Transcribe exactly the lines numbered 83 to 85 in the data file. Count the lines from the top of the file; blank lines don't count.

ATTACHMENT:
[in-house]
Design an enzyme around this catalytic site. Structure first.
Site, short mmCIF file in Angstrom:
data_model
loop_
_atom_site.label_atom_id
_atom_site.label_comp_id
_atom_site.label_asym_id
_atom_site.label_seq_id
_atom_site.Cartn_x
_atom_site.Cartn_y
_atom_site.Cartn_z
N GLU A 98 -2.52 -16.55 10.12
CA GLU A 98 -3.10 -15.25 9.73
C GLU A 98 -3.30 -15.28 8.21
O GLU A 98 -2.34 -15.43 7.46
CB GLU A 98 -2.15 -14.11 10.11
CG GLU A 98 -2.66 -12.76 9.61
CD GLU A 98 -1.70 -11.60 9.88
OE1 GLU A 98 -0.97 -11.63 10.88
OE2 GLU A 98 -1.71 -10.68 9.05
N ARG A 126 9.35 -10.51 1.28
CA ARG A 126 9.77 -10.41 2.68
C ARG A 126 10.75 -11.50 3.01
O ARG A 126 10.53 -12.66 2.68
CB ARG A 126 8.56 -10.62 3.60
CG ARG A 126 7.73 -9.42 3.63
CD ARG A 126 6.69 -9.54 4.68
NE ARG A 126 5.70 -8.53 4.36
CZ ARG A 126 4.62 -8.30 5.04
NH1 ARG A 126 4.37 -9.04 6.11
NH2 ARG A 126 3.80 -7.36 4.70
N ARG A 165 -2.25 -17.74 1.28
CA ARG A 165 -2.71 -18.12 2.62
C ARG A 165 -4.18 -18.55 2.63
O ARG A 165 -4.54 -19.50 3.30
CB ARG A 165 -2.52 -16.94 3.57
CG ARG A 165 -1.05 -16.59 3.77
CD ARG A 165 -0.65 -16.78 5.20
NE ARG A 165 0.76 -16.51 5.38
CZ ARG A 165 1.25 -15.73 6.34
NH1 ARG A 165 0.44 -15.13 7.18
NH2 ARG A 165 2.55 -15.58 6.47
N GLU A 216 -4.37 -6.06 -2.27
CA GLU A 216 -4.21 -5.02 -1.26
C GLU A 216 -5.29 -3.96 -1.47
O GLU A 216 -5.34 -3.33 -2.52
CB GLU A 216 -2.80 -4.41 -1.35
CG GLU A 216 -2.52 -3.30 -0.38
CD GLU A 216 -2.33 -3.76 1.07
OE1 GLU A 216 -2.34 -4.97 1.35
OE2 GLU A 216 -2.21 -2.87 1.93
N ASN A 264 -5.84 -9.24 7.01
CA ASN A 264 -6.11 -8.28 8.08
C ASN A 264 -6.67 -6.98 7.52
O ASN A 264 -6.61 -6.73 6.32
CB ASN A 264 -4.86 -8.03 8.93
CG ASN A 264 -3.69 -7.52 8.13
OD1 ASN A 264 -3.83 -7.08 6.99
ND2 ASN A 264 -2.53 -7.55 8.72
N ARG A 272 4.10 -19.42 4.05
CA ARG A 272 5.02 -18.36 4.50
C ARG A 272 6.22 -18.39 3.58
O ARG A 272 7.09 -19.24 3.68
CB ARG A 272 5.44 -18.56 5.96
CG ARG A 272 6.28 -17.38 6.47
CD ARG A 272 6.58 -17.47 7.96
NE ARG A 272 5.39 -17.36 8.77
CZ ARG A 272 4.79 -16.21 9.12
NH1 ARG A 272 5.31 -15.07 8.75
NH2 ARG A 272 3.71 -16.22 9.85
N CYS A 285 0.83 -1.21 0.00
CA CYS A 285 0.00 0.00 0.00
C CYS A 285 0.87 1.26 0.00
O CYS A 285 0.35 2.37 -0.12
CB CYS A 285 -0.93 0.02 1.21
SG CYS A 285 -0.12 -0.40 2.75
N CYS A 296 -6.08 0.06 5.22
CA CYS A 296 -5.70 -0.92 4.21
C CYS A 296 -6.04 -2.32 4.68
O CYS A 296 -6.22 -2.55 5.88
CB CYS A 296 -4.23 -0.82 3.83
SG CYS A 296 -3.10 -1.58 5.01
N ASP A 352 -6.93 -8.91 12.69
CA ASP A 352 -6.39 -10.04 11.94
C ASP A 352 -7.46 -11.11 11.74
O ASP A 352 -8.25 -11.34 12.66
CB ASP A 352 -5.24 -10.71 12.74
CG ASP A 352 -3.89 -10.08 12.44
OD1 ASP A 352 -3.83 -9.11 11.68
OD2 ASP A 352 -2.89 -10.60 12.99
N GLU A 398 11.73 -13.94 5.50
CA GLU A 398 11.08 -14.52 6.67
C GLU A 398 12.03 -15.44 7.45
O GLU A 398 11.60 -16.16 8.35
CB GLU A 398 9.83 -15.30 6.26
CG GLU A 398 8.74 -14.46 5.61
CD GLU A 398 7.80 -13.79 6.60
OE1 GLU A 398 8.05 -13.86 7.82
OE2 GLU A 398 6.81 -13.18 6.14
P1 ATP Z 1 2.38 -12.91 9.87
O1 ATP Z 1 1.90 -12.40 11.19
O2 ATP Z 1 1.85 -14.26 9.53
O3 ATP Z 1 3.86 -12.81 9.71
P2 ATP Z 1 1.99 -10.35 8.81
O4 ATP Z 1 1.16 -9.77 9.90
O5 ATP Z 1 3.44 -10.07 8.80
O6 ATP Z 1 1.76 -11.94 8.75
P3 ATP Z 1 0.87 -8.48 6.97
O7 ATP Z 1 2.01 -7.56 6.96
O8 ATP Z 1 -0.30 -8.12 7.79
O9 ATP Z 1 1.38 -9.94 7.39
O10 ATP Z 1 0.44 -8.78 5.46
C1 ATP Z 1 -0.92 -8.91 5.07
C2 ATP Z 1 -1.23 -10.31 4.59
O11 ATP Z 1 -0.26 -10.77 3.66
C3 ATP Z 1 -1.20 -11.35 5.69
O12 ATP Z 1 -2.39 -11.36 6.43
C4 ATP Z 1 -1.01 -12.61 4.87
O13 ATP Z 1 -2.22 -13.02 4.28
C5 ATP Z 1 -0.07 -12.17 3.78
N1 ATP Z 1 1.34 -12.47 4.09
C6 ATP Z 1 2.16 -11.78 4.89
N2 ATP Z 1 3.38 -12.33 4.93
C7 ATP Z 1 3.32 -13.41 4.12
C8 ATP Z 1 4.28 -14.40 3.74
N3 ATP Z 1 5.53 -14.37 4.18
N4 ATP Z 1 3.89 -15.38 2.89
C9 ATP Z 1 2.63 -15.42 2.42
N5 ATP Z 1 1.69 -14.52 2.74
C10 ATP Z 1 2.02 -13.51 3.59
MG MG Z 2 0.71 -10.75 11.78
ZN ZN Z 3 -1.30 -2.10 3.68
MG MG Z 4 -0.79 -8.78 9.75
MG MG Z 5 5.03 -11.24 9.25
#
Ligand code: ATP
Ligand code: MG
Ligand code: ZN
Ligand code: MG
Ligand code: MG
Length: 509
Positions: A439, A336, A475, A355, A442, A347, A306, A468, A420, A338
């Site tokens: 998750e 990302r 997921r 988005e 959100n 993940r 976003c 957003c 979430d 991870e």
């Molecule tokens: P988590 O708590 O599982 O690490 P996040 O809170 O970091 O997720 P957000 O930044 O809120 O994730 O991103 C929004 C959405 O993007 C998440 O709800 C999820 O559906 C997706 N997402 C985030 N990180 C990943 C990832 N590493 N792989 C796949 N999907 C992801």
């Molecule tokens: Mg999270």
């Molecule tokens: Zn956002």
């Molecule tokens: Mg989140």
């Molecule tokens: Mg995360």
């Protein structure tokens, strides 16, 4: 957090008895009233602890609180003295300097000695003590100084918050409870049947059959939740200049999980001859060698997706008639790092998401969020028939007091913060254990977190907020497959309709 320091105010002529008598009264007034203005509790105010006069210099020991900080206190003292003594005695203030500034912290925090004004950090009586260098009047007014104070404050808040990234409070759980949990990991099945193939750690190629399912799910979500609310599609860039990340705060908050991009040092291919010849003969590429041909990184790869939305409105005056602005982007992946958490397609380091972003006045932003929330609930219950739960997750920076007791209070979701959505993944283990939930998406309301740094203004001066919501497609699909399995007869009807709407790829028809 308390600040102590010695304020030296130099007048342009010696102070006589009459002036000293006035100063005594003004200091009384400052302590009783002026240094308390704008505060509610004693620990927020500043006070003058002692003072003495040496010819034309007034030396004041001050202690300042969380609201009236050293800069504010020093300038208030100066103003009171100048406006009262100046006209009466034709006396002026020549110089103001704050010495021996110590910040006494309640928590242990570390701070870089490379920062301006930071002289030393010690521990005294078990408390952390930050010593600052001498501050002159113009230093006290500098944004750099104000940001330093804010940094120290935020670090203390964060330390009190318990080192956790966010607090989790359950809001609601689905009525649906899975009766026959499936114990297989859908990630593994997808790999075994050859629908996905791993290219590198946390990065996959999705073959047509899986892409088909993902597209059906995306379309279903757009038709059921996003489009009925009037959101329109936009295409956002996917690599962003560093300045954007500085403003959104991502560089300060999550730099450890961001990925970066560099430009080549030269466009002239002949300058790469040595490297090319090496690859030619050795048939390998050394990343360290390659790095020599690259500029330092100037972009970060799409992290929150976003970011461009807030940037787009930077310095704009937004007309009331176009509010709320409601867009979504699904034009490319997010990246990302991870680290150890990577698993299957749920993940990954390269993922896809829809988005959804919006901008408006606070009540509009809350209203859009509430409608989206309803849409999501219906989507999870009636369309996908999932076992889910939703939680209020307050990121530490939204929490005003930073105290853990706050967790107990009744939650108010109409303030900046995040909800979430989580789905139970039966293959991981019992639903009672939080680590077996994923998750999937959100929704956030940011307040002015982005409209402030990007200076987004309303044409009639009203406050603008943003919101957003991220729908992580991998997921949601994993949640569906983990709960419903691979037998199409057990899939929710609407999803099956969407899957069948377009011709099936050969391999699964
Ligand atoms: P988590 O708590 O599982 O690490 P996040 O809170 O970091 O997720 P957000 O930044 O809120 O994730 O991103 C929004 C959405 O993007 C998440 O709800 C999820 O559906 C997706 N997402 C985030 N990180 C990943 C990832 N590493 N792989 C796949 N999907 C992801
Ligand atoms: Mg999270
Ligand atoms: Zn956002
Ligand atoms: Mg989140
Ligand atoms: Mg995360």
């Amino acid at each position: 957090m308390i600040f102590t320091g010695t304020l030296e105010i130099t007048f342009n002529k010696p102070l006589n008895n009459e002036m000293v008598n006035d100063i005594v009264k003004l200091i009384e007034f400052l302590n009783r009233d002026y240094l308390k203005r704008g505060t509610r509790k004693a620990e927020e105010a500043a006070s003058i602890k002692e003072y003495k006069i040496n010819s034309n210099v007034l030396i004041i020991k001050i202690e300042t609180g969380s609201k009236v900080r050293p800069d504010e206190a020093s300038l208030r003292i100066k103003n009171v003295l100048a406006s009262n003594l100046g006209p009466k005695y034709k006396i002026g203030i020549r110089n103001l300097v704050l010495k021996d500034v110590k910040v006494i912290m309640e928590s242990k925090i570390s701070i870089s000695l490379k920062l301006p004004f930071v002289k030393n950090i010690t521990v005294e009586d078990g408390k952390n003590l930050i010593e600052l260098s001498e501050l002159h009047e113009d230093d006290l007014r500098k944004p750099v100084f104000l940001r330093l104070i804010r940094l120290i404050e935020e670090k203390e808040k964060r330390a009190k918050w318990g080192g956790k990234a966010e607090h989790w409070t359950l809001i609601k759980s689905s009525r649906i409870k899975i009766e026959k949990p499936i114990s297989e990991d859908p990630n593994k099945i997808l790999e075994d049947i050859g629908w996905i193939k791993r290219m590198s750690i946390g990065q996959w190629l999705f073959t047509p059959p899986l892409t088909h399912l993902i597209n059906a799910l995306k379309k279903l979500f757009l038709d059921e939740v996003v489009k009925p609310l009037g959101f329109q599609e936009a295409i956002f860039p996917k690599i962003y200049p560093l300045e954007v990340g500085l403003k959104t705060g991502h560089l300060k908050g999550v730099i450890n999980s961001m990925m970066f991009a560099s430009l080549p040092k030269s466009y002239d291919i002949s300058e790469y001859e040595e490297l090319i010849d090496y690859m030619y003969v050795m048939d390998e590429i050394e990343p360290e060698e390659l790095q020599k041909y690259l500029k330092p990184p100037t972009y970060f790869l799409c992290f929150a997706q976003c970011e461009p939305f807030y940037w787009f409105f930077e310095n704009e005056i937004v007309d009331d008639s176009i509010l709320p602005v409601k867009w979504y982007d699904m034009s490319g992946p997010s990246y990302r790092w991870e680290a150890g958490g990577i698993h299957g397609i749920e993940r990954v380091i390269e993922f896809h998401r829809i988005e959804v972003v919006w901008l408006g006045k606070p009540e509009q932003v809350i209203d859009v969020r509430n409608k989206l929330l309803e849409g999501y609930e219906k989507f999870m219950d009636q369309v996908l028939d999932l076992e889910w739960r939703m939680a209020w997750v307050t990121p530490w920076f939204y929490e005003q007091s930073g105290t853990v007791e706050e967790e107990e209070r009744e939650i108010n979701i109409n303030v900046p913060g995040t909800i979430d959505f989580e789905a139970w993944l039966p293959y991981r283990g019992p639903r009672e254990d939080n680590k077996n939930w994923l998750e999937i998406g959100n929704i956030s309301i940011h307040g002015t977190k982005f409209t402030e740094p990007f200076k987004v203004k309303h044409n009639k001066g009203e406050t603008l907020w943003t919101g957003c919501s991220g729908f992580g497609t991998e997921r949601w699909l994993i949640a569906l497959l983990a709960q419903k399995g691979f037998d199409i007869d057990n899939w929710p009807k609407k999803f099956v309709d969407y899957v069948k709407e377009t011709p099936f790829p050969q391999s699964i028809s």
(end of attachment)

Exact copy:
SG CYS A 296 -3.10 -1.58 5.01
N ASP A 352 -6.93 -8.91 12.69
CA ASP A 352 -6.39 -10.04 11.94